Keep tortillas on hand for emergency meals. Tortillas are easy to freeze, cheap and can be used in a lot of ways.I recently made about 20 burritos using all leftovers from a party. Taco meat, leftover dip, chopped onion, guacamole and assorted cheese. I rolled each one up and put them into small baggies; then all the baggies into a large freezer bags. Heat and eat as is, or place several into a baking dish, pour picante sauce over and bake them. Top with cheese. Sometimes I make a breakfast treat by buttering a flat tortilla and sprinkling it with cinnamon & sugar. Place under the broiler and see it puff up. Turn and do other side. Delicious. Cut a stack into strips—bake till crisp and sprinkle on a bowl of soup if you don’t have crackers.

  5. Anonymous says

    In making do with what I have, I found there is also the element of not overbuying.

    For instance, while the unit price of larger packaging may give you a better deal, it is not the deal you want if you find you are not making use of the whole package of a perishable item before it goes bad.

    I have changed my buying habits a little, especially when it comes to produce. Instead of buying a whole bag or bunch of carrots, I buy just a few; the amount that I am likely to use within a week’s time; same with celery stalks.

    I also tend to buy lettuce from the salad bar at the grocery store, That way I can buy only the amount I need. The other day we had blt sandwiches, which only used a grand total of 30 cents worth of nice fresh iceberg lettuce.

    I also buy just a few all purpose potatoes at one time…for the same reason. This principle can apply in smaller households like mine, or in larger ones.

    Take a look at what produce or other fresh items you may be throwing out between shopping trips. It may be that you are tossing and rebuying the same things week after week.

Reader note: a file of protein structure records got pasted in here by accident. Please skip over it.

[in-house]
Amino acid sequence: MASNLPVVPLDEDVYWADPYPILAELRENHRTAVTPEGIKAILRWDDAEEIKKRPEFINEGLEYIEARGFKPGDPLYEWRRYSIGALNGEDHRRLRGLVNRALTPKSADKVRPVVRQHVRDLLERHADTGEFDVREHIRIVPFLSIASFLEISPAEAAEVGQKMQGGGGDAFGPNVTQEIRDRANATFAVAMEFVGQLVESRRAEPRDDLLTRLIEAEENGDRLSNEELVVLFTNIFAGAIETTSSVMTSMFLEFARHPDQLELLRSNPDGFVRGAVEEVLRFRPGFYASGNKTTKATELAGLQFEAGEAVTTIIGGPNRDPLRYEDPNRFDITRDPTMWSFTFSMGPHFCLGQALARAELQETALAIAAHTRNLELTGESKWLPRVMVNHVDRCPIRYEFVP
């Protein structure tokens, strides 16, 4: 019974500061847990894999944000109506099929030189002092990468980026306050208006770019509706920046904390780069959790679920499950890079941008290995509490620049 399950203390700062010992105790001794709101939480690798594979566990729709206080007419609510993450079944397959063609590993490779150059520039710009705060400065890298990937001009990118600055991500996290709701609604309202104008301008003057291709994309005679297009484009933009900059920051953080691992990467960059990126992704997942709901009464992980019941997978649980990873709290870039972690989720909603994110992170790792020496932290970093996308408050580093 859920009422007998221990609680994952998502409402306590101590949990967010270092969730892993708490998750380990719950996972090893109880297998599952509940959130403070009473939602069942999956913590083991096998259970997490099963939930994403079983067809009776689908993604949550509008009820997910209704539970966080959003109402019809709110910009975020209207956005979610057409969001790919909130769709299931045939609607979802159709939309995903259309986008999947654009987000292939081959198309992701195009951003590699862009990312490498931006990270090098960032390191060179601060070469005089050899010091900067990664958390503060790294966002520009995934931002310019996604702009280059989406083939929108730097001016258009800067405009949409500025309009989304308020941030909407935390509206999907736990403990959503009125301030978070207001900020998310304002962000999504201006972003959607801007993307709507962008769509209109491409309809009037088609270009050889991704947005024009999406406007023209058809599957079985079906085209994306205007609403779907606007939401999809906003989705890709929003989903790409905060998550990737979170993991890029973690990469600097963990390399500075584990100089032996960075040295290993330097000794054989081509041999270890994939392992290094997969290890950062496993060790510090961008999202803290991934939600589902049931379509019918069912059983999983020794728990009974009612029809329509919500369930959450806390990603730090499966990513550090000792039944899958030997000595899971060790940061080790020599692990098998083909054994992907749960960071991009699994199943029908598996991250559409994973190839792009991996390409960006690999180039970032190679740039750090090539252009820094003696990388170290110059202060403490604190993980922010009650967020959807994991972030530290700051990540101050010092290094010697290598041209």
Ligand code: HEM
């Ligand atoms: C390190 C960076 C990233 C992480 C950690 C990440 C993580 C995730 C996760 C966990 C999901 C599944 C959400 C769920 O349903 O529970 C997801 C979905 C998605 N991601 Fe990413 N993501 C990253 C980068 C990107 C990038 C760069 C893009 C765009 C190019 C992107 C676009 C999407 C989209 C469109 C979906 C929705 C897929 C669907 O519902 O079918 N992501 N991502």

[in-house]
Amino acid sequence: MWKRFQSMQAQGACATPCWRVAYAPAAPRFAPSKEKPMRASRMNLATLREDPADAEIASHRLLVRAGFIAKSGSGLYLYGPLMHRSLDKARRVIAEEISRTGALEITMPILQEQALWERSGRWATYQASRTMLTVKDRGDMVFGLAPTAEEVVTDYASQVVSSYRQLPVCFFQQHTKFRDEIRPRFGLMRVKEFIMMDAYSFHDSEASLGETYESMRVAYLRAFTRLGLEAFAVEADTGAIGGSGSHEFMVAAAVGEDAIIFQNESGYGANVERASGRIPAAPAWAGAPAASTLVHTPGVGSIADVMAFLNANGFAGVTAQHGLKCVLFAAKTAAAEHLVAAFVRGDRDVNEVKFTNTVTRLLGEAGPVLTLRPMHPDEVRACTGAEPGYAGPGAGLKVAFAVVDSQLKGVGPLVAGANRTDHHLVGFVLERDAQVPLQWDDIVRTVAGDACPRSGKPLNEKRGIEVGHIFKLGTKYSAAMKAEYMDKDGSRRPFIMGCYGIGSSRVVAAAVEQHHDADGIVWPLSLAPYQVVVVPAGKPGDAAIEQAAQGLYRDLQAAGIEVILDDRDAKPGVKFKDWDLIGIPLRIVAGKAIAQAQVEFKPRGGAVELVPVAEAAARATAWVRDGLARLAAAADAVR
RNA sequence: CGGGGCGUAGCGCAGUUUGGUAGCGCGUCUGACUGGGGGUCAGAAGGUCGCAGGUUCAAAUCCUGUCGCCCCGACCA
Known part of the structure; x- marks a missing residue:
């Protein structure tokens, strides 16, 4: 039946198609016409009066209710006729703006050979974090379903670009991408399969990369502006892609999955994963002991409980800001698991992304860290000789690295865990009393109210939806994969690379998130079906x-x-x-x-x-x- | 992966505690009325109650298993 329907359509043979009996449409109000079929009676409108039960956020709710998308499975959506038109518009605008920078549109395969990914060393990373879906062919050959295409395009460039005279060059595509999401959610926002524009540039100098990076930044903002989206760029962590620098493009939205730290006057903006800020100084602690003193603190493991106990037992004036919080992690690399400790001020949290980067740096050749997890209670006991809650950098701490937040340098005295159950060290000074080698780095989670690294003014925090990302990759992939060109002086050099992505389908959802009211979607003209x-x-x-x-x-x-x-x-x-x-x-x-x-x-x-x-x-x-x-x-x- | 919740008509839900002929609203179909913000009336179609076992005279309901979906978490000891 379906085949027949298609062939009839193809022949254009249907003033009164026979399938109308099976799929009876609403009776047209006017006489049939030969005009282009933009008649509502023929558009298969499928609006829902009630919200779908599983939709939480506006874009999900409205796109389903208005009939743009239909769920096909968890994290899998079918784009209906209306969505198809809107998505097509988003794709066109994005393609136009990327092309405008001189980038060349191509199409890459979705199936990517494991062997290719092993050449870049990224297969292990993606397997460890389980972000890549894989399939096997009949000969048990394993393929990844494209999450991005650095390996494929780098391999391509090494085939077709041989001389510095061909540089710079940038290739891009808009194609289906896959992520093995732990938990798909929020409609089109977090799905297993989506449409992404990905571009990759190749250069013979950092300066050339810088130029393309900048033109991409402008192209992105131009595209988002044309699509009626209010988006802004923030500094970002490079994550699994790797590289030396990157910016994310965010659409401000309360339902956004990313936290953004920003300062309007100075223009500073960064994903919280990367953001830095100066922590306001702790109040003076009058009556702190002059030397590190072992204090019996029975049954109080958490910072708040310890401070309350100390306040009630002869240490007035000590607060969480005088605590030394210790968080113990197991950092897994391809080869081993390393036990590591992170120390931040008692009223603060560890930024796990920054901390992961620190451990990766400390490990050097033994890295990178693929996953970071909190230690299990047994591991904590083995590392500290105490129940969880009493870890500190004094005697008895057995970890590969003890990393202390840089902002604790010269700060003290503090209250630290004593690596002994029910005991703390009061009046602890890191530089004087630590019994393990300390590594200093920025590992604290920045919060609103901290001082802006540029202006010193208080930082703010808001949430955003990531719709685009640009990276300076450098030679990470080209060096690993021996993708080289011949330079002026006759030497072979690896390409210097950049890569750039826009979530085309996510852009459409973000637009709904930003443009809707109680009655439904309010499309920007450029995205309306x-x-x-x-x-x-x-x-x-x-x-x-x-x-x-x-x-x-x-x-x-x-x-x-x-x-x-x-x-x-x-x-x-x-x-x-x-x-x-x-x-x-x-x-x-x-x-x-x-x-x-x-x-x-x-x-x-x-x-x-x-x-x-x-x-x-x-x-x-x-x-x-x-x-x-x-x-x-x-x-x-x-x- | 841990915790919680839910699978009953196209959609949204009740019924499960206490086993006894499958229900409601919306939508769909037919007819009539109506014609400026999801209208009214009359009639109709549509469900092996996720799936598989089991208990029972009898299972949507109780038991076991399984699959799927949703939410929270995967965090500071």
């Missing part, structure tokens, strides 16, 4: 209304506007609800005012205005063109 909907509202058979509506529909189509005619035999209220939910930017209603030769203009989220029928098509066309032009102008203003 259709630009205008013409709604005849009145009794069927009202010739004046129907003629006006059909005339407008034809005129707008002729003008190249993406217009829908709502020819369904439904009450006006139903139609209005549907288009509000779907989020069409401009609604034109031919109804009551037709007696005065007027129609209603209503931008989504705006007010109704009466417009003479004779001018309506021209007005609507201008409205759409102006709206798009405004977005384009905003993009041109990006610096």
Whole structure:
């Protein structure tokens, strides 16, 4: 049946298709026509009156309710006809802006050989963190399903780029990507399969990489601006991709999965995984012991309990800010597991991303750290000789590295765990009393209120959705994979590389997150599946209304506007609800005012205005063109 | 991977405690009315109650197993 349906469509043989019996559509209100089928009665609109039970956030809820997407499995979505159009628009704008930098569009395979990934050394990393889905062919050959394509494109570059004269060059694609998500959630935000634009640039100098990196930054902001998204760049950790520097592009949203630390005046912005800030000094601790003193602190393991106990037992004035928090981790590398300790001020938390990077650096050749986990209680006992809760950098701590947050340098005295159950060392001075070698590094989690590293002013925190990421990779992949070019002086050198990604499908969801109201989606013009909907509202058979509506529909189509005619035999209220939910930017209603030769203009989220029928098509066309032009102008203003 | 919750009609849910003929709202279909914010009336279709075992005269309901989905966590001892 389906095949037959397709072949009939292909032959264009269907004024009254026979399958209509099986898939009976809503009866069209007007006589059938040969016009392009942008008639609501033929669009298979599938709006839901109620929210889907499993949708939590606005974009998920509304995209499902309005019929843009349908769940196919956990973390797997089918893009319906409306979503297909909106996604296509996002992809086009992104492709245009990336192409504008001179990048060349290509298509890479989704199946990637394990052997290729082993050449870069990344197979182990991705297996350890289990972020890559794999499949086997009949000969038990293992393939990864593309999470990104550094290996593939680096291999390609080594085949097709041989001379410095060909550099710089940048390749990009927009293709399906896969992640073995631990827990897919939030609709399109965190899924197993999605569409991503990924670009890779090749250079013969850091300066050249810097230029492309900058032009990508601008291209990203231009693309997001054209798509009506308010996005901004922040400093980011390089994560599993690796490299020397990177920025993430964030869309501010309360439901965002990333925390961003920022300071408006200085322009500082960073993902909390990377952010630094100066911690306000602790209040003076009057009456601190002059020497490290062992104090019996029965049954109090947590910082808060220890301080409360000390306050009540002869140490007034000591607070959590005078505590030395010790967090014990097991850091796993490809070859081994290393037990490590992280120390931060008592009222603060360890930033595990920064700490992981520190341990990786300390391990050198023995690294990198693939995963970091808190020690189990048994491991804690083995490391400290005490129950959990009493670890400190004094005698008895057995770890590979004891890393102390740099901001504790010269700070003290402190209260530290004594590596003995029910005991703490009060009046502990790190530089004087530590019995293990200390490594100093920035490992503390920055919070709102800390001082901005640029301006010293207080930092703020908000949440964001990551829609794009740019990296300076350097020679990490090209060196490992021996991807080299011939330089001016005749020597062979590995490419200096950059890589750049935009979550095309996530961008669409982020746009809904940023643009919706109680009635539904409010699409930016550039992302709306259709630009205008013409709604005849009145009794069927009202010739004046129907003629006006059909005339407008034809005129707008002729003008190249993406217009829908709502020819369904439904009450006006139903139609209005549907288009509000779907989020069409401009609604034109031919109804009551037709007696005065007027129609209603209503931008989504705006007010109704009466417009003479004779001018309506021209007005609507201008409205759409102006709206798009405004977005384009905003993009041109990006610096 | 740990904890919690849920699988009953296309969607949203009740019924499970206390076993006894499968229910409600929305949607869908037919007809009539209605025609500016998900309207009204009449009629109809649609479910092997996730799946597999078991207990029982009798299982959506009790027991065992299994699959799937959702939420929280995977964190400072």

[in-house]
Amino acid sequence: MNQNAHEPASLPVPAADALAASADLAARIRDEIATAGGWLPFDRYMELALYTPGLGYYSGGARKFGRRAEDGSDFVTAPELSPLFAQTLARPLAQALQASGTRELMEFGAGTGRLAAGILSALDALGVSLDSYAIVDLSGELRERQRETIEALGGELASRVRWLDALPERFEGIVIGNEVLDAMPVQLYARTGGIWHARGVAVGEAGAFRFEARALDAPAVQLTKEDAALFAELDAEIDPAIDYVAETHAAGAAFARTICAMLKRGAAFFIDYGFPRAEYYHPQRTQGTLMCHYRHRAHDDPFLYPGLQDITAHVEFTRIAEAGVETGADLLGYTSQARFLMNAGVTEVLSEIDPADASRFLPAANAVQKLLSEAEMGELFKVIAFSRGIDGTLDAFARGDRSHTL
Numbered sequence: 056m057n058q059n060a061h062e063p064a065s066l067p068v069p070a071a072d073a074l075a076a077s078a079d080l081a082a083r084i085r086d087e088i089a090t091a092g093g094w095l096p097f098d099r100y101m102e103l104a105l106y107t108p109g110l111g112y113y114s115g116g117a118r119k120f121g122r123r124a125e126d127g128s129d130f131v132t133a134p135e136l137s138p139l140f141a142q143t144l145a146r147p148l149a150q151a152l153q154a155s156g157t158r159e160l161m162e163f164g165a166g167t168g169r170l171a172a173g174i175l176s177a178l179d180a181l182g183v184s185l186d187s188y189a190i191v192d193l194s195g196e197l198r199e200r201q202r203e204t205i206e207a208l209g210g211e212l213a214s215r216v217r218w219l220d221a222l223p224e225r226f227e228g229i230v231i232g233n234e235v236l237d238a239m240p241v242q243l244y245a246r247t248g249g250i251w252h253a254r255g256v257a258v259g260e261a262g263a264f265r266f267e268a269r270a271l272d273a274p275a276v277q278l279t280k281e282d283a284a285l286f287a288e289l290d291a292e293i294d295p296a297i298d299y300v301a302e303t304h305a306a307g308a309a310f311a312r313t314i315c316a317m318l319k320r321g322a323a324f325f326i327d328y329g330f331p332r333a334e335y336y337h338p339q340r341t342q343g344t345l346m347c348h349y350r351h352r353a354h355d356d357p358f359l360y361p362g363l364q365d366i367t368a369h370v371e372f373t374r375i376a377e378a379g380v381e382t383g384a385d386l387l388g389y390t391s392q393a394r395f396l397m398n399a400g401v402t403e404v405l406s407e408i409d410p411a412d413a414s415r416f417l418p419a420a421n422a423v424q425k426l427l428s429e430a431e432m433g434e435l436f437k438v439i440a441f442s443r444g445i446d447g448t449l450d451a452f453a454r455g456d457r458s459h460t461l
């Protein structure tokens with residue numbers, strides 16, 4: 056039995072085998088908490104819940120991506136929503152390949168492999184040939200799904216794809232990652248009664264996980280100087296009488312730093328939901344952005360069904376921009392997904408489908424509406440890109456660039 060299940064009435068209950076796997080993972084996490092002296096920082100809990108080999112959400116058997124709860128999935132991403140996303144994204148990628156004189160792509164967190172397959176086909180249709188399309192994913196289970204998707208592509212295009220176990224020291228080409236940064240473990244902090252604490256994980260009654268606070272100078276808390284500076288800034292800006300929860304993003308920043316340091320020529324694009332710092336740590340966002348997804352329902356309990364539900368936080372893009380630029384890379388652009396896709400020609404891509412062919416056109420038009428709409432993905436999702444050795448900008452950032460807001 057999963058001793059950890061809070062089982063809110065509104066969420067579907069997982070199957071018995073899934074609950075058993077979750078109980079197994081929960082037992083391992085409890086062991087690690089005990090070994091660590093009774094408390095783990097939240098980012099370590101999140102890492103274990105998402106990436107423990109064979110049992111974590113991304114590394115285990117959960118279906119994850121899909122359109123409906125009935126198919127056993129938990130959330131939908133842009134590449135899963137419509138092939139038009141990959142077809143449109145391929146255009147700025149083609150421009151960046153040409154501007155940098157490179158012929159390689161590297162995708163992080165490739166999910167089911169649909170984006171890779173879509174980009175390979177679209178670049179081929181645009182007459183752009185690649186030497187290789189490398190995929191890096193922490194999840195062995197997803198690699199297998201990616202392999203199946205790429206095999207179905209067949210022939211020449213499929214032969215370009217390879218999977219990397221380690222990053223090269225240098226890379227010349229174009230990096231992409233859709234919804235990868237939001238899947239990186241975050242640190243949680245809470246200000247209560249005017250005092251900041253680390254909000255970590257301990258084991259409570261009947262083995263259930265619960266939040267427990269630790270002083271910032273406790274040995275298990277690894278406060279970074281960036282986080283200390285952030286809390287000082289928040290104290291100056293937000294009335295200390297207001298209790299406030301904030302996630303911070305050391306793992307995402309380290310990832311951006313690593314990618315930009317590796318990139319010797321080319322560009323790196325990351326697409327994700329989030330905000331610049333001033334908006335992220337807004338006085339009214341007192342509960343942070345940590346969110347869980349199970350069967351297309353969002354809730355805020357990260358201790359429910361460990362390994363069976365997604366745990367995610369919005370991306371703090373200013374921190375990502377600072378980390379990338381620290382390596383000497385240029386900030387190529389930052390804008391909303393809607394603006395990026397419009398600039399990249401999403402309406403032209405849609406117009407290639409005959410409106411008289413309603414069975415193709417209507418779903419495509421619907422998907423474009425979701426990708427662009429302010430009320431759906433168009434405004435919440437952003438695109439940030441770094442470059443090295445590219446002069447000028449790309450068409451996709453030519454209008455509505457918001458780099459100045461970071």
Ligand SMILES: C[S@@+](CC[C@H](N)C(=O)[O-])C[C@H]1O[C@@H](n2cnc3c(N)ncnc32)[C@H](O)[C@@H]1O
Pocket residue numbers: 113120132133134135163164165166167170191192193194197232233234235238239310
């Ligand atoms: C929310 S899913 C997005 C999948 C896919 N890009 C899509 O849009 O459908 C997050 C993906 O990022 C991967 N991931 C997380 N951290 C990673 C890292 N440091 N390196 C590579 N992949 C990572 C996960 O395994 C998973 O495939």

6. JohannaB says

    I used to think it was fun to cook from other folks stockpiles when they were absolutely certain they had nothing to make a complete meal from. I should think more like that now and cook from my own stuff.

  7. Bea says

    I think people that have to dig in garbages to find something, (ANYTHING) edible, like in India, would find it very hard to understand it when they look in our full cupboards, refrigerators and freezers and hear us say we have nothing to eat.

  8. says

    I borrow help from It has a feature that lets you search for recipes based on ingredients you do (and don’t) have. I’ve come up with so many things to make that way when times were tight, I don’t know what I’d do without it.

  9. says

    I had an eye opener a year ago when my new daughter in law and my son came home for a few weeks from China.
    I thought I was a fairly frugal use everything type of cook and shopper. Boy was I wrong in terms of the Chinese life style.
    She was amazed at all the jars and containers I had on my open shelves (for ease of access). she thought I had the grocery store stored there. She was shocked when she saw my pantry.
    She also said I threw out too much after a meal.
    She told Danny that wasn’t it a waste of money to have all that food sitting when the store was so close. He explained that I couldn’t always get to the store since I can’t walk and carry things too often so I kept what I need in the house.